In addition to March and early April concerts by the Las Vegas Philharmonic Orchestra and the Philharmonic Pops, the first 18 days of March will bring three international orchestras to town. The first was the St. Petersburg Philharmonic at The Smith Center on Saturday; next will be Israel’s Haifa Symphony at UNLV’s Artemus Ham Hall on March 13, followed five days later, at The Smith Center, by Britain’s Academy of St. Martin in the Fields with brilliant young American violinist and conductor Joshua Bell.
What an abundance of musical riches!
The Russian ensemble was led by its permanent conductor, Nikolai Alexeev, who succeeded his mentor, the internationally known Mariss Jansons, in 2010. In addition to performing in many of the world’s leading concert halls, he serves as director of the symphony department at the St. Petersburg State Conservatory.
Alexeev chose to begin his program with the ebullient Overture to Rossini’s “The Barber of Seville.” Rossini had used this lighthearted piece twice before as an overture to other operas without it enjoying widespread success, but the third time was surely a charm. It is of scant importance that the overture has little to do with the music of the opera. There is a witty sparkle and lilt throughout that Rossini used to build characteristic excitement.
Next came the evening’s soloist, Norwegian violinist Vilde Frang, who tackled Sergei Prokofiev’s “Violin Concerto No. 2.” The New York Times once commented that “… (the Concerto) hardly sounds modern at all. It abounds in graceful melodies, consonant harmonies (and) sensuous orchestral color.” That description may apply to some, but not all, of the work. Frang gave it a more than competent reading, but it stopped a bit short of being inspiring.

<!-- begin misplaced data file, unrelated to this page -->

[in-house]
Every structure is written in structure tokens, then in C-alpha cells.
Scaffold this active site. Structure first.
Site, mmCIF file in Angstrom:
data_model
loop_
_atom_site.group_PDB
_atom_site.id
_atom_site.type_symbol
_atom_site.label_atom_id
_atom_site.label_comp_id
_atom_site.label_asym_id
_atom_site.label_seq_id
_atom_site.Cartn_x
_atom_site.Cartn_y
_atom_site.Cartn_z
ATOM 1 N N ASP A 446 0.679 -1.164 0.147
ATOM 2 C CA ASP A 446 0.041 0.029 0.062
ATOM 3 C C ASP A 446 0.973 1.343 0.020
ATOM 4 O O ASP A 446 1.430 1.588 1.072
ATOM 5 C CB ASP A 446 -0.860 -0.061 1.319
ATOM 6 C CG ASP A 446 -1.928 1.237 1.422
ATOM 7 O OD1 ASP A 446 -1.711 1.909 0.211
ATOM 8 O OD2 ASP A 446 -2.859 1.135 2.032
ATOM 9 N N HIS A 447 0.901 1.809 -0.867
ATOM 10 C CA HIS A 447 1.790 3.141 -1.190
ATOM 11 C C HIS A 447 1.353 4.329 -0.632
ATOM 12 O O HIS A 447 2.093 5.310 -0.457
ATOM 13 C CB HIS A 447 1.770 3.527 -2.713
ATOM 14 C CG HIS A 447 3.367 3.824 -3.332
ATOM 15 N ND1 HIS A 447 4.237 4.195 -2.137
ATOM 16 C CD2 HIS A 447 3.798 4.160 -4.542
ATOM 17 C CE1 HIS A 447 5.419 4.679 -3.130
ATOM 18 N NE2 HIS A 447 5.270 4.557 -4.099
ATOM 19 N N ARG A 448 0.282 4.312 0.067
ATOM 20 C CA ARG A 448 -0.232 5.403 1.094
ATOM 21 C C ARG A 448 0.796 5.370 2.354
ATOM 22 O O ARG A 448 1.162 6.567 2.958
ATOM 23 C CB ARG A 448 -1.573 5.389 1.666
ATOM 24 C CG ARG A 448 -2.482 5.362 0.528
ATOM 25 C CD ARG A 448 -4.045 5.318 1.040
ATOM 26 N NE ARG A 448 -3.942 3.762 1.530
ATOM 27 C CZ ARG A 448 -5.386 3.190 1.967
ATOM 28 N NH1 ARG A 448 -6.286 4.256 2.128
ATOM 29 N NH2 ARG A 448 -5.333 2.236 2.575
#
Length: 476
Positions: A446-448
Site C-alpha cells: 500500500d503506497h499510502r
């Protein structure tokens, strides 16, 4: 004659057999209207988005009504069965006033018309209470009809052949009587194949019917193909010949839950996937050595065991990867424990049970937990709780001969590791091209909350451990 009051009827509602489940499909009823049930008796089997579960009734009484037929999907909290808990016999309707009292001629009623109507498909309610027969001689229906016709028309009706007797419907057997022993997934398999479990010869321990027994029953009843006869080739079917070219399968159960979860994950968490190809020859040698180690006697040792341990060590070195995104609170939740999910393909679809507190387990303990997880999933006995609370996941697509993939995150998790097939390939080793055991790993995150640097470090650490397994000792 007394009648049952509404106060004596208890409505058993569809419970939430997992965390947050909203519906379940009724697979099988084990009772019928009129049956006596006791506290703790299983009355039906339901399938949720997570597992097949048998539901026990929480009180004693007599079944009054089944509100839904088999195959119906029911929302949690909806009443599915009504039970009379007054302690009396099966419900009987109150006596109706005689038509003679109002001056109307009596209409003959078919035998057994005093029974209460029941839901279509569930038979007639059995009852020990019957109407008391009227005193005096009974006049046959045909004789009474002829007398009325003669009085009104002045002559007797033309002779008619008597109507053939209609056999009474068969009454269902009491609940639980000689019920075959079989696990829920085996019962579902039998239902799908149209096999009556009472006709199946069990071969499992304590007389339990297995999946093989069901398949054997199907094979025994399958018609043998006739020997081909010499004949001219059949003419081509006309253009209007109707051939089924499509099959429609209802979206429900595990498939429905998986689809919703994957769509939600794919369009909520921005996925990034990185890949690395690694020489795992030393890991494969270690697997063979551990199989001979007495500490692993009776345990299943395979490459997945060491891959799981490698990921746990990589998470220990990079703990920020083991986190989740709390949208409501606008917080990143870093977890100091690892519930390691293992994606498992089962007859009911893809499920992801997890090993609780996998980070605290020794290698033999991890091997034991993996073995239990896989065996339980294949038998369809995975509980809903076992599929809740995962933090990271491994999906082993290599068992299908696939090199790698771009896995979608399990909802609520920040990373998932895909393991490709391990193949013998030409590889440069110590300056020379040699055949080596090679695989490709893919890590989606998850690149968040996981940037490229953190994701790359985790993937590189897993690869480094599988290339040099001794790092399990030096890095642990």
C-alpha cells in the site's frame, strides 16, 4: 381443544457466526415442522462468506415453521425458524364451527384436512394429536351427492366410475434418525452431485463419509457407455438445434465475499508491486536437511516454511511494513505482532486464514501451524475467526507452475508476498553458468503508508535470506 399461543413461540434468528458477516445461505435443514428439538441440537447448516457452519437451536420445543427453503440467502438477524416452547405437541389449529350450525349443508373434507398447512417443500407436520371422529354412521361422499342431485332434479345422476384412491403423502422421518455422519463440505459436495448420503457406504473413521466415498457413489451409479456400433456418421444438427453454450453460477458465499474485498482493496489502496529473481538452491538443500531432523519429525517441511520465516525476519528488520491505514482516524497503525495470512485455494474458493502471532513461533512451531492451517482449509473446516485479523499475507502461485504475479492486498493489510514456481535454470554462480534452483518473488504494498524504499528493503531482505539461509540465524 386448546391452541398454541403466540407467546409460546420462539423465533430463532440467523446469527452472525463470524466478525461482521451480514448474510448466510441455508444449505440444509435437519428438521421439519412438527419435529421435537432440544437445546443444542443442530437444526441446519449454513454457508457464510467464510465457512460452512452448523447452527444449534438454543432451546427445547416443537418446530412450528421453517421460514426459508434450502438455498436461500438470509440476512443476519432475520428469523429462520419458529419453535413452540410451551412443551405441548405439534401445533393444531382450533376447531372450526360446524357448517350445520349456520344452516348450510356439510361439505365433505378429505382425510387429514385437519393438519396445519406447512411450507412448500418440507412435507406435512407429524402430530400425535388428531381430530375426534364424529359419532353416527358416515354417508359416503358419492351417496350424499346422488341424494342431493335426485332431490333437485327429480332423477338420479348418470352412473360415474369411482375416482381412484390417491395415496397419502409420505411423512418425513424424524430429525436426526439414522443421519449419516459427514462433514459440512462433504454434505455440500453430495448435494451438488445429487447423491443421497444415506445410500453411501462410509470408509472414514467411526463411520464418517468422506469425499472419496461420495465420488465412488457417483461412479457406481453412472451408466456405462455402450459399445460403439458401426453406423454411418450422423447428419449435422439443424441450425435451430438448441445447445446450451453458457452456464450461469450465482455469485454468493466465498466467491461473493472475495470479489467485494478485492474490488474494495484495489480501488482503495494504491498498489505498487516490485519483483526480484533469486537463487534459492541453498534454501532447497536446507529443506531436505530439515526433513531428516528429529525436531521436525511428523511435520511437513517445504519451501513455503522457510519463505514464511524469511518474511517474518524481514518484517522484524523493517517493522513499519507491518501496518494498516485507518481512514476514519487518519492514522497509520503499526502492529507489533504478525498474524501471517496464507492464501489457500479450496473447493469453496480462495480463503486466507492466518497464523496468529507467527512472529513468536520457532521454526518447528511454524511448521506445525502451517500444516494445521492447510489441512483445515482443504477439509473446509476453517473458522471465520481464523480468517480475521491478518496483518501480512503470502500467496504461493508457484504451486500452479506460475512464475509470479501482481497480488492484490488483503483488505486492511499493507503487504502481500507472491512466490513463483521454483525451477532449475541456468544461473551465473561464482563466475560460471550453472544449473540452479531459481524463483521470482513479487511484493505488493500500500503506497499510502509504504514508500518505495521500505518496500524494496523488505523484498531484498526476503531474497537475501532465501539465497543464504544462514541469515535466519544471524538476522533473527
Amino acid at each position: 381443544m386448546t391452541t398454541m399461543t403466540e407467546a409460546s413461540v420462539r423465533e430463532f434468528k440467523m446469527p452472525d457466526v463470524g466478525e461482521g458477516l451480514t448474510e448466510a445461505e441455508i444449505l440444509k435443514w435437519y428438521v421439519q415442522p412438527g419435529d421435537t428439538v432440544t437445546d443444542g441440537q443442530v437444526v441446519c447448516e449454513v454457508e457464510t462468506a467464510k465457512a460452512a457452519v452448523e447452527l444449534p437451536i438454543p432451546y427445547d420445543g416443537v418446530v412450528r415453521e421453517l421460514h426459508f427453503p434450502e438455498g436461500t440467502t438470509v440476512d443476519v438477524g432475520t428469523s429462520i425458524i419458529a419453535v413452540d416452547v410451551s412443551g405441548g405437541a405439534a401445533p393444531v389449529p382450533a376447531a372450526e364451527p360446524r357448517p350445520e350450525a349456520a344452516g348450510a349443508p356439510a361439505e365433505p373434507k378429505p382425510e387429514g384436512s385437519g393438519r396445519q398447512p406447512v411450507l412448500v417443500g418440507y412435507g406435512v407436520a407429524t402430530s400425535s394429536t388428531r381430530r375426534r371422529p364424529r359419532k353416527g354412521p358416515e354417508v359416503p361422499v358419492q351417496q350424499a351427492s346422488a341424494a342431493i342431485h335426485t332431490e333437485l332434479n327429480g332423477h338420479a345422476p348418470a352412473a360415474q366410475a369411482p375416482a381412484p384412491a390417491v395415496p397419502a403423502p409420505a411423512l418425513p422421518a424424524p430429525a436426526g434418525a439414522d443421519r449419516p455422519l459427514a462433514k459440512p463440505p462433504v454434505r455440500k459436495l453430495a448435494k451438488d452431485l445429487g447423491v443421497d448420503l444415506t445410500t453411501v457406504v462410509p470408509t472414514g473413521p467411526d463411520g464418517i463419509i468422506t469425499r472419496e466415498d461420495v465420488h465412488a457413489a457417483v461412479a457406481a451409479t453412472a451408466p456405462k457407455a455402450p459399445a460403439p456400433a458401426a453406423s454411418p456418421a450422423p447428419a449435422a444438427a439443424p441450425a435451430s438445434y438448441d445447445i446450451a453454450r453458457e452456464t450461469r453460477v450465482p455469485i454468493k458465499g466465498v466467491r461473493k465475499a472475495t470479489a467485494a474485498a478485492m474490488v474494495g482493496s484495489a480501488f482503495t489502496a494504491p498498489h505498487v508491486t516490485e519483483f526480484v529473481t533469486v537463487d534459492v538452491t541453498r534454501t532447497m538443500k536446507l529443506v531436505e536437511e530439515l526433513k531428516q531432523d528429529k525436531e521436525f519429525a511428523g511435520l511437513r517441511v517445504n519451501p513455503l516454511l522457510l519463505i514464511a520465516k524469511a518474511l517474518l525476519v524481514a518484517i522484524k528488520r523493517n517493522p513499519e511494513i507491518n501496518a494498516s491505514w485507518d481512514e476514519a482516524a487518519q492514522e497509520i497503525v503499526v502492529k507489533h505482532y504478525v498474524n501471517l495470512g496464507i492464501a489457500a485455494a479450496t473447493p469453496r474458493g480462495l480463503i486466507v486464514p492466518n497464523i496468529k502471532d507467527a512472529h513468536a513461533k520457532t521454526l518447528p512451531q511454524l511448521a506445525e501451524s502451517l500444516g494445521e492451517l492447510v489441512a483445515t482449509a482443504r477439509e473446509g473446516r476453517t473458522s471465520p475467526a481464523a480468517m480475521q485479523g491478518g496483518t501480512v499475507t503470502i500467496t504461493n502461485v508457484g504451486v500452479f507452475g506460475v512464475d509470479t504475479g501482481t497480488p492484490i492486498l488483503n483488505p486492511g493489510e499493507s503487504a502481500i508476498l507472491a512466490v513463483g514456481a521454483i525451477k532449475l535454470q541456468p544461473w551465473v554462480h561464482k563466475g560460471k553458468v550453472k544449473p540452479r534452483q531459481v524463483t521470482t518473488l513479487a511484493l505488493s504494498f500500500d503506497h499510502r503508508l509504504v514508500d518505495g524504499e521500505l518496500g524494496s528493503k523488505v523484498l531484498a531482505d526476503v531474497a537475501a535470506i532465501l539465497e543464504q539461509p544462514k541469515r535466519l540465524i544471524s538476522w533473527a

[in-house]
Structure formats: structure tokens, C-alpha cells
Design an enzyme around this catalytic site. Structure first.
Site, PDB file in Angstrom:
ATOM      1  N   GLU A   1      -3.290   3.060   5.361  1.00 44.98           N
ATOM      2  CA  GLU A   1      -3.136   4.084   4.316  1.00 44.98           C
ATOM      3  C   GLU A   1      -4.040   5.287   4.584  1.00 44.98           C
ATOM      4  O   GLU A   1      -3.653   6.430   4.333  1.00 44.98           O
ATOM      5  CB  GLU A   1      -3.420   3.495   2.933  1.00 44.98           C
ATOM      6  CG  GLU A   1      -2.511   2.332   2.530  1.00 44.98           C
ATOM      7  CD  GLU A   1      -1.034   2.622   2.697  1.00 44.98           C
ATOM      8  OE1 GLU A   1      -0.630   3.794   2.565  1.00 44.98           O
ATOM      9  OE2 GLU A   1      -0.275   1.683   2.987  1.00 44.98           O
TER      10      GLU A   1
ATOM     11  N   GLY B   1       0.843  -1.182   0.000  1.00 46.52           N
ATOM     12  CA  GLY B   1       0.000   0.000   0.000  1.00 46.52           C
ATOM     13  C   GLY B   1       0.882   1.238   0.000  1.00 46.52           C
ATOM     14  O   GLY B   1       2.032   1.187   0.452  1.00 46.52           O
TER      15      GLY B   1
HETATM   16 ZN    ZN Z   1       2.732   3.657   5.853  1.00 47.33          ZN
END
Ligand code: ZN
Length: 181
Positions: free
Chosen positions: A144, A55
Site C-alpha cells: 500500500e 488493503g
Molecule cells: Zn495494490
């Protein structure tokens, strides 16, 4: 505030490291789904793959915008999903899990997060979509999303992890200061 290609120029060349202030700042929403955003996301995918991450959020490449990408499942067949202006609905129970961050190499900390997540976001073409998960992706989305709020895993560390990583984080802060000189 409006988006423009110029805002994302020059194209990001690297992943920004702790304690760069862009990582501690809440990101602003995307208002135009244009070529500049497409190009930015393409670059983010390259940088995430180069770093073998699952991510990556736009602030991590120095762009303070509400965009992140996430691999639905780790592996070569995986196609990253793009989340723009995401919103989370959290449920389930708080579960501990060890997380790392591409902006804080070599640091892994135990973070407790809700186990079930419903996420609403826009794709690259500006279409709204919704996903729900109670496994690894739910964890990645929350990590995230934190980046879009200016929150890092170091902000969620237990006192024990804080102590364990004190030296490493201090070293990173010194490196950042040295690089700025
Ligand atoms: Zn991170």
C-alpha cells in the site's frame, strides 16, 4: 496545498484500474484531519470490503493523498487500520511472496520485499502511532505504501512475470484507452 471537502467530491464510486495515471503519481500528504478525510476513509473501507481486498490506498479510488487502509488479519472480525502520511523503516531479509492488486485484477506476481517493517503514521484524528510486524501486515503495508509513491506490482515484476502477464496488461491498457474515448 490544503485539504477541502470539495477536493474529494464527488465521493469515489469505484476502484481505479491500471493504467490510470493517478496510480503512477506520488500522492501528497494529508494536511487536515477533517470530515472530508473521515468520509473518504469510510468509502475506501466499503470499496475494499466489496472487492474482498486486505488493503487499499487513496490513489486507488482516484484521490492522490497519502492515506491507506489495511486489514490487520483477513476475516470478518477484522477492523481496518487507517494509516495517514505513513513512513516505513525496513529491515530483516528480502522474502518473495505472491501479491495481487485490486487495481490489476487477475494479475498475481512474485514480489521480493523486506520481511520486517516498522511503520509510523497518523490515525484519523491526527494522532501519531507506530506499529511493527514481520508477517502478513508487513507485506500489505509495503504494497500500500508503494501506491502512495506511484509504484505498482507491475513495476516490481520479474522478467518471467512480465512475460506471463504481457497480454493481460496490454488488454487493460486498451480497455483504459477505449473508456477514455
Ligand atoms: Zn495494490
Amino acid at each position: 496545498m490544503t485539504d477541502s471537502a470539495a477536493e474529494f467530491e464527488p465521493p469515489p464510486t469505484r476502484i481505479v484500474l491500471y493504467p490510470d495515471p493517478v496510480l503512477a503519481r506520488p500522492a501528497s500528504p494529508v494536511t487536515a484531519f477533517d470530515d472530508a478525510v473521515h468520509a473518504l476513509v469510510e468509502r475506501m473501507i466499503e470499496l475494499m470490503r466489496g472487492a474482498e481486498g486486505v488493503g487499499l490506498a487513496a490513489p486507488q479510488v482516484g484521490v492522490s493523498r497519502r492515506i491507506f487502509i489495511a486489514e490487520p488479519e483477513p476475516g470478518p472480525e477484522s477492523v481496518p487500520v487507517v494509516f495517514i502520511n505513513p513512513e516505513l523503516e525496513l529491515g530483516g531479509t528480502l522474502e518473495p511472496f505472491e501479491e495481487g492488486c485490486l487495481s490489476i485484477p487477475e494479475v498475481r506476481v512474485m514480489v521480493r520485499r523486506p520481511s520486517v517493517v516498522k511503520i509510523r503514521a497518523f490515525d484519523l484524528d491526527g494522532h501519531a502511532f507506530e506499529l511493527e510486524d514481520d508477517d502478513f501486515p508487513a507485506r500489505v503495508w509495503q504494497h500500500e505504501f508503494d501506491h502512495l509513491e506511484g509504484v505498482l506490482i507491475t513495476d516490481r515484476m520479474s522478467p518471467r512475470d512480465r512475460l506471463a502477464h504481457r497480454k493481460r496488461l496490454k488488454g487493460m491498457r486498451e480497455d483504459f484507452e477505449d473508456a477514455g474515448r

The work shows strong influences of Alexander Scriabin, Prokofiev’s contemporary and only 20 years his senior, with occasional allusions to Scriabin’s “Poem of Ecstasy.” The middle movement in particular set the mood of a nearly dreamlike serenade leading to a concluding movement whose vigorous dance rhythms drive to a brilliant conclusion.
After intermission was Sergei Rachmaninoff’s “Symphony No. 2, in E Minor,” which begins with a somber phrase for cellos and basses from which the first movement seems to grow, as does the entire symphony. Many themes are presented that are familiar to even the casual listener. The second movement in particular was warm and lush, at last offering the rich typical Russian orchestral sound that we had eagerly anticipated throughout the evening. The third (adagio) movement demands abundant melodic expression, a demand that was fulfilled admirably. The final movement relies primarily on vigorous Italian dance rhythms to carry the symphony to its exciting conclusion.
The near-capacity audience called for an encore, and Maestro Alexeev obliged with not one but two. The evening’s finale was, appropriately, the “Russian Dance” from Tchaikovsky’s “The Nutcracker” taken at a blistering tempo. That closing brought the audience to its feet, and deservedly so.